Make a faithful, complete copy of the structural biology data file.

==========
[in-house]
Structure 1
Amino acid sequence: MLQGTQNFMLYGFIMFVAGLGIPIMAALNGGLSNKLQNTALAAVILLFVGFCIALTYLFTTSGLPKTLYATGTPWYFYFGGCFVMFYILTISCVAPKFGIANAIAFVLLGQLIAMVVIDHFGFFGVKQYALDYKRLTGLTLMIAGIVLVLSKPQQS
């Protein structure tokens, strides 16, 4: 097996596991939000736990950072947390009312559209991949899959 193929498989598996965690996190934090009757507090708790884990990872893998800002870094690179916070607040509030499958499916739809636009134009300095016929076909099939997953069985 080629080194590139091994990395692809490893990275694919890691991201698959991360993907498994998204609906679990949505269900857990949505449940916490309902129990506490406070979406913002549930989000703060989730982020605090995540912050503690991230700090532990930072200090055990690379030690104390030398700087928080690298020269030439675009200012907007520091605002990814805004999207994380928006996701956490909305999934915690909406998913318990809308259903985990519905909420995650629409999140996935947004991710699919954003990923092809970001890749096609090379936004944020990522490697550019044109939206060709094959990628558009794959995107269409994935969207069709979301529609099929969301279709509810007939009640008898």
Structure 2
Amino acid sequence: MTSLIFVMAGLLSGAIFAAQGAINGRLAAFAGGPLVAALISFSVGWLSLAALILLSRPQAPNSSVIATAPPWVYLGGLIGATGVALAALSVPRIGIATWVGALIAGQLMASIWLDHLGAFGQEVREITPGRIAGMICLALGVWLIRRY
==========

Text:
[in-house]
Structure 1
Amino acid sequence: MLQGTQNFMLYGFIMFVAGLGIPIMAALNGGLSNKLQNTALAAVILLFVGFCIALTYLFTTSGLPKTLYATGTPWYFYFGGCFVMFYILTISCVAPKFGIANAIAFVLLGQLIAMVVIDHFGFFGVKQYALDYKRLTGLTLMIAGIVLVLSKPQQS
């Protein structure tokens, strides 16, 4: 097996596991939000736990950072947390009312559209991949899959 193929498989598996965690996190934090009757507090708790884990990872893998800002870094690179916070607040509030499958499916739809636009134009300095016929076909099939997953069985 080629080194590139091994990395692809490893990275694919890691991201698959991360993907498994998204609906679990949505269900857990949505449940916490309902129990506490406070979406913002549930989000703060989730982020605090995540912050503690991230700090532990930072200090055990690379030690104390030398700087928080690298020269030439675009200012907007520091605002990814805004999207994380928006996701956490909305999934915690909406998913318990809308259903985990519905909420995650629409999140996935947004991710699919954003990923092809970001890749096609090379936004944020990522490697550019044109939206060709094959990628558009794959995107269409994935969207069709979301529609099929969301279709509810007939009640008898």
Structure 2
Amino acid sequence: MTSLIFVMAGLLSGAIFAAQGAINGRLAAFAGGPLVAALISFSVGWLSLAALILLSRPQAPNSSVIATAPPWVYLGGLIGATGVALAALSVPRIGIATWVGALIAGQLMASIWLDHLGAFGQEVREITPGRIAGMICLALGVWLIRRY